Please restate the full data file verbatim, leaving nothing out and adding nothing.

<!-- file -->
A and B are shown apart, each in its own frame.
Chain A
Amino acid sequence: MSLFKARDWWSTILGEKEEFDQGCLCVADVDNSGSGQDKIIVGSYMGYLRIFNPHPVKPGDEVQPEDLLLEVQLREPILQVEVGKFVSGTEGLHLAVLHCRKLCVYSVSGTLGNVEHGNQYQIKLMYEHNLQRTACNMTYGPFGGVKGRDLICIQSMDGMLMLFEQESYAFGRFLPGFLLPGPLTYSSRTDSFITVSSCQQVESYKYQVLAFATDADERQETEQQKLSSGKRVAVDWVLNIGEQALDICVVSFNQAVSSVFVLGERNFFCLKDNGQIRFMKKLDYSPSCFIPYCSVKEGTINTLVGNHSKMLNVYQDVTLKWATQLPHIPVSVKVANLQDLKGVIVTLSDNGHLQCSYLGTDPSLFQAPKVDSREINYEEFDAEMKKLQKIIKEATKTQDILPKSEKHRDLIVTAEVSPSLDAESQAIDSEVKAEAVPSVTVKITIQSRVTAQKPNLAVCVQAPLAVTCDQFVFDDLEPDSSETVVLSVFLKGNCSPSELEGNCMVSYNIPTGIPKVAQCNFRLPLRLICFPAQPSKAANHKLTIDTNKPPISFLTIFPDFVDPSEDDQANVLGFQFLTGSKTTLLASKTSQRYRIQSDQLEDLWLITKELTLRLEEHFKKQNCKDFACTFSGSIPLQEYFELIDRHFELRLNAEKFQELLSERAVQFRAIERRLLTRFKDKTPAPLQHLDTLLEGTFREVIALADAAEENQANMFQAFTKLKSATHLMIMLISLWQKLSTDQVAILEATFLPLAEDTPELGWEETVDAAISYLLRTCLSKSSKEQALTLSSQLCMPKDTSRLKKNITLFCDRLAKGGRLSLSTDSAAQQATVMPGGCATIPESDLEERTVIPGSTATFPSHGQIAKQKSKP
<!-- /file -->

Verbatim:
A and B are shown apart, each in its own frame.
Chain A
Amino acid sequence: MSLFKARDWWSTILGEKEEFDQGCLCVADVDNSGSGQDKIIVGSYMGYLRIFNPHPVKPGDEVQPEDLLLEVQLREPILQVEVGKFVSGTEGLHLAVLHCRKLCVYSVSGTLGNVEHGNQYQIKLMYEHNLQRTACNMTYGPFGGVKGRDLICIQSMDGMLMLFEQESYAFGRFLPGFLLPGPLTYSSRTDSFITVSSCQQVESYKYQVLAFATDADERQETEQQKLSSGKRVAVDWVLNIGEQALDICVVSFNQAVSSVFVLGERNFFCLKDNGQIRFMKKLDYSPSCFIPYCSVKEGTINTLVGNHSKMLNVYQDVTLKWATQLPHIPVSVKVANLQDLKGVIVTLSDNGHLQCSYLGTDPSLFQAPKVDSREINYEEFDAEMKKLQKIIKEATKTQDILPKSEKHRDLIVTAEVSPSLDAESQAIDSEVKAEAVPSVTVKITIQSRVTAQKPNLAVCVQAPLAVTCDQFVFDDLEPDSSETVVLSVFLKGNCSPSELEGNCMVSYNIPTGIPKVAQCNFRLPLRLICFPAQPSKAANHKLTIDTNKPPISFLTIFPDFVDPSEDDQANVLGFQFLTGSKTTLLASKTSQRYRIQSDQLEDLWLITKELTLRLEEHFKKQNCKDFACTFSGSIPLQEYFELIDRHFELRLNAEKFQELLSERAVQFRAIERRLLTRFKDKTPAPLQHLDTLLEGTFREVIALADAAEENQANMFQAFTKLKSATHLMIMLISLWQKLSTDQVAILEATFLPLAEDTPELGWEETVDAAISYLLRTCLSKSSKEQALTLSSQLCMPKDTSRLKKNITLFCDRLAKGGRLSLSTDSAAQQATVMPGGCATIPESDLEERTVIPGSTATFPSHGQIAKQKSKP